and separable; by which means the question is decided, and the
first is received as the cause, whilst the other is dismissed and
rejected. Such instances, therefore, afford great light, and are
of great weight, so that the course of interpretation sometimes
terminates, and is completed in them. Sometimes, however,
they are found amongst the instances already observed, but they
are generally new, being expressly and purposely sought for and
applied, and brought to light only by attentive and active dili-

For example : let the required nature be the flow and ebb of
the sea, which is repeated twice a day, at intervals of six hours
between each advance and retreat, with some little difference,
agreeing with the motion of the moon. We have here the fol-
lowing cross-ways.

This motion must be occasioned either by the advancing and
the retiring of the sea, like water shaken in a basin, which leaves
one side while it washes the other ; or by the rising of the sea
from the bottom, and its again subsiding, like boiling water.
But a doubt arises, to which of these causes we should assign
the flow and ebb. If the first assertion be admitted, it follows,
that when there is a flood on one side, there must at the same
time be an ebb on another, and the question therefore is reduced
to this. Now Acosta, and some others, after a diligent inquiry,
have observed that the flood tide takes place on the coast of
Florida, and the opposite coasts of Spain and Africa, at the
same time, as does also the ebb ; and that there is not, on the
contrary, a flood tide at Florida when there is an ebb on the
coasts of Spain and Africa. Yet if one consider the subject
attentively, this does not prove the necessity of a rising motion,
nor refute the notion of a progressive motion. For the motion
may be progressive, and yet inundate the opposite shores of a
channel at the same time ; as if the waters be forced and driven
together from some other quarter, for instance, which takes
place in rivers, for they flow and ebb towards each bank at the
same time, yet their motion is clearing progressive, being that
of the waters from the sea entering their mouths. ,So it may
happen, that the waters coming in a vast body from the eastern
Indian Ocean are driven together, and forced into the channel of
the Atlantic, and therefore inundate both coasts at once. We
must inquire, therefore, if there be any other channel by which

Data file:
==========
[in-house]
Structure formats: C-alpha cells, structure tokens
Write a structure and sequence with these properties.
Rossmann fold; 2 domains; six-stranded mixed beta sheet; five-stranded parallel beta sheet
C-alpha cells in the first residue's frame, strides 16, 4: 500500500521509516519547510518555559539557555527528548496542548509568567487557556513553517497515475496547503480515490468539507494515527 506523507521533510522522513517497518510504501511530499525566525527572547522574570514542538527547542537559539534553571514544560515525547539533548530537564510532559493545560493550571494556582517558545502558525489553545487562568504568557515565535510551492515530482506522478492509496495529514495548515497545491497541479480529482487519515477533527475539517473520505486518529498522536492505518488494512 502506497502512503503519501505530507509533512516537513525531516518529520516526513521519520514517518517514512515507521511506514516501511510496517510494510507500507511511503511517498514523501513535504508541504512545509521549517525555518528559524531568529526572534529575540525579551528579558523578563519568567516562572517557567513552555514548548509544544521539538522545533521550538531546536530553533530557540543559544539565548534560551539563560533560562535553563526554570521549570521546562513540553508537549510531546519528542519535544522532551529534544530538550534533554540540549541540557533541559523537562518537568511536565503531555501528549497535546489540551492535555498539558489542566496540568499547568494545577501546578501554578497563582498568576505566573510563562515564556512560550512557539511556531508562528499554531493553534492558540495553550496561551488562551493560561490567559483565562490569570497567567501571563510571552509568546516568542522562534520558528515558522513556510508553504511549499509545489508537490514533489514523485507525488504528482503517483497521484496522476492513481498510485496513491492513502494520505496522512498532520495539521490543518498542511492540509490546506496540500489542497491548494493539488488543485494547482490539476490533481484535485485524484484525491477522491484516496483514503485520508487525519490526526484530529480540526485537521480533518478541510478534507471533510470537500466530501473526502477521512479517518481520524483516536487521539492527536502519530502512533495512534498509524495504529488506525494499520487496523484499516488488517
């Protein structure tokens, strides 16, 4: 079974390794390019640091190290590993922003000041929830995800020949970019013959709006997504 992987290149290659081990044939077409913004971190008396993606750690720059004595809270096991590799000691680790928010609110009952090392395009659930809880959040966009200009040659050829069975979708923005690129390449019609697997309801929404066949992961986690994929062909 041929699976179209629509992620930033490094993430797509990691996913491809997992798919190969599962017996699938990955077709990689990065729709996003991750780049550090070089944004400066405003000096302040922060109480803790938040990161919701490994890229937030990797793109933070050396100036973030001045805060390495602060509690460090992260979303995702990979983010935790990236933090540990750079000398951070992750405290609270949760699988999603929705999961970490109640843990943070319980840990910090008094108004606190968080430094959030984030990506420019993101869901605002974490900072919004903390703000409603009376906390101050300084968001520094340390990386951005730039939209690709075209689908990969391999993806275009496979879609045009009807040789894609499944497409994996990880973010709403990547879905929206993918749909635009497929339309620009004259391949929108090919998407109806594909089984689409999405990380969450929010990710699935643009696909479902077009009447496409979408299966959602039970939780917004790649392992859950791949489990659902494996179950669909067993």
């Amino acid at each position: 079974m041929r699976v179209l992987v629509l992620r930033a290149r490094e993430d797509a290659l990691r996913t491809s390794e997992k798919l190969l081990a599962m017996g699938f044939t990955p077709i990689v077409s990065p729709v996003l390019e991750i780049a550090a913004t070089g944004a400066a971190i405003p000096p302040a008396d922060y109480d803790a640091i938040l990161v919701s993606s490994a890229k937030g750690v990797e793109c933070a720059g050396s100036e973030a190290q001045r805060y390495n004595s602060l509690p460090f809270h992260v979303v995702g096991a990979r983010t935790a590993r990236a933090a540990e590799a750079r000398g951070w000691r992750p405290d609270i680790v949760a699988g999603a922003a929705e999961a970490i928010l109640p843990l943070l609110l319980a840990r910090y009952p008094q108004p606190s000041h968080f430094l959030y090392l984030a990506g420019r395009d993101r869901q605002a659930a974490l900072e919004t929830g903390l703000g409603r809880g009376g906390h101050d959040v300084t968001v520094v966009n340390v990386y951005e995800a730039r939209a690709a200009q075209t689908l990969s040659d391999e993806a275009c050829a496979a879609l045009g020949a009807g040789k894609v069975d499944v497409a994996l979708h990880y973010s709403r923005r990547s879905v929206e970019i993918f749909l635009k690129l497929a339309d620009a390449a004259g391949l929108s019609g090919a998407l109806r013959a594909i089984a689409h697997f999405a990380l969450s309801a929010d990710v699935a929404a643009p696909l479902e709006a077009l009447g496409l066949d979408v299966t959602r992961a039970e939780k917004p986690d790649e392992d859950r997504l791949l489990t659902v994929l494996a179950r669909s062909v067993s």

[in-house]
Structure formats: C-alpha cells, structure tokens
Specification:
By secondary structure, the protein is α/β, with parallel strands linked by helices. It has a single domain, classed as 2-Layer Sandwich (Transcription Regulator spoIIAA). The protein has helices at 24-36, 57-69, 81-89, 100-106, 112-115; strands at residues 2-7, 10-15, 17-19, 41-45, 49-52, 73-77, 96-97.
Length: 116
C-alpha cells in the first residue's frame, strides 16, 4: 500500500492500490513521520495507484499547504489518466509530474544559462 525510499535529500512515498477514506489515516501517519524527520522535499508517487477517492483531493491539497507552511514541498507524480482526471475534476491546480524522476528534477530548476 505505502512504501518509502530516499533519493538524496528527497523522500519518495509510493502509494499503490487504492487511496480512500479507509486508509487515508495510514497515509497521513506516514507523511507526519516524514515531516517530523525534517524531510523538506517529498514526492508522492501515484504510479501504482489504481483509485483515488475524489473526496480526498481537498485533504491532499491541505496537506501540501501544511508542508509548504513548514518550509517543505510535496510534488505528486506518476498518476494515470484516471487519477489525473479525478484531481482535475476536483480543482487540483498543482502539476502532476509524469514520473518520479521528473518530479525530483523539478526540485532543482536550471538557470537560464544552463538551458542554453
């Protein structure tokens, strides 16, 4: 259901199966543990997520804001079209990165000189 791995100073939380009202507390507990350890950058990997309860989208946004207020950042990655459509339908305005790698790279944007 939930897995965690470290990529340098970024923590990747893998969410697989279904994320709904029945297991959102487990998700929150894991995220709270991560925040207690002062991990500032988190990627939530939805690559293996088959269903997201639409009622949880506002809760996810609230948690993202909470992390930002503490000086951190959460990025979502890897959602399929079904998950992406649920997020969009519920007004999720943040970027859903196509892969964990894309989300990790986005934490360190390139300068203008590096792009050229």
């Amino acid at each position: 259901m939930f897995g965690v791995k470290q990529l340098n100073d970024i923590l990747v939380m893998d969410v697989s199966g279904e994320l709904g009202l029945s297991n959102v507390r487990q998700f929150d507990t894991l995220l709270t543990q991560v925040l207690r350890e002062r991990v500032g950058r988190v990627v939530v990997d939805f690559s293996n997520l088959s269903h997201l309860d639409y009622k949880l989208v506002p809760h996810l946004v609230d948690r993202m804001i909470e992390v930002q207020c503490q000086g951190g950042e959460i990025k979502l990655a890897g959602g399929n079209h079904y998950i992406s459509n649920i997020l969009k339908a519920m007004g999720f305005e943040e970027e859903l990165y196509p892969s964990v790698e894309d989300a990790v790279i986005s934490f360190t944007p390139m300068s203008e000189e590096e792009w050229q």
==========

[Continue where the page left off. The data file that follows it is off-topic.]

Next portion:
the waters can at the same time sink and ebb : and the South-
ern Ocean at once suggests itself, which is not less than the At-
lantic, but rather broader and more extensive than is requisite
for this effect.

We at length arrive, then, at an instance of the cross, which
is this. If it be positively discovered, that when the flood sets

4 i6 BACON

in towards the opposite coasts of Florida and Spain in the
Atlantic, there is at the same time a flood tide on the coasts of
Peru and the back part of China, in the Southern Ocean, then
assuredly, from this decisive instance, we must reject the asser-
tion, that the flood and ebb of the sea, about which we inquire,
takes place by progressive motion ; for no other sea or place is
left where there can be an ebb. But this may most easily be
learnt, by inquiring of the inhabitants of Panama and Lima
(where the two oceans are separated by a narrow isthmus),
whether the flood and ebb takes place on the opposite sides of
the isthmus at the same time, or the reverse. This decision or
rejection appears certain, if it be granted that the earth is fixed ;
but if the earth revolves, it may perhaps happen, that from the
unequal revolution (as regards velocity) of the earth and the
waters of the sea, there may be a violent forcing of the waters
into a mass, forming the flood, and a subsequent relaxation of
them (when they can no longer bear the accumulation), form-
ing the ebb. A separate inquiry must be made into this. Even
with this hypothesis, however, it remains equally true, that there
must be an ebb somewhere, at the same time that there is a flood
in another quarter.

Again, let the required nature be the latter of the two motions
we have supposed ; namely, that of a rising and subsiding mo-
tion, if it should happen that upon diligent examination the
progressive motion be rejected. We have, then, three ways
before us, with regard to this nature. The motion, by which
the waters raise themselves, and again fall back, in the floods
and ebbs, without the addition of any other water rolled towards
them, must take place in one of the three following ways.
Either the supply of water emanates from the interior of the
earth, and returns back again ; or there is really no greater
quantity of water, but the same water (without any augmenta-
tion of its quantity) is extended or rarefied, so as to occupy
a greater space and dimension, and again contracts itself; or
there is neither an additional supply nor any extension, but the
same waters (with regard to quantity, density, or rarity) raise
themselves and fall from sympathy, by some magnetic power
attracting and calling them up, as it were, from above. Let us
then (passing over the first two motions) reduce the investiga-
tion to the last, and inquire if there be any such elevation of the
water by sympathy or a magnetic force ; and it is evident, in
the first place, that the whole mass of water being placed in the
trench or cavity of the sea, cannot be raised at once, because
there would not be enough to cover the bottom, so that if there
be any tendency of this kind in the water to raise itself, yet it
would be interrupted and checked by the cohesion of things, or
(as the common expression is) that there may be no vacuum.


The water, therefore, must rise on one side, and for that reason
be diminished and ebb on another. But it will again necessarily
follow that the magnetic power not being able to operate on the
whole, operates most intensely on the centre, so as to raise the
waters there, which, when thus raised successively, desert and
abandon the sides.

We at length arrive, then, at an instance of the cross, which
is this : if it be found, that during the ebb the surface of the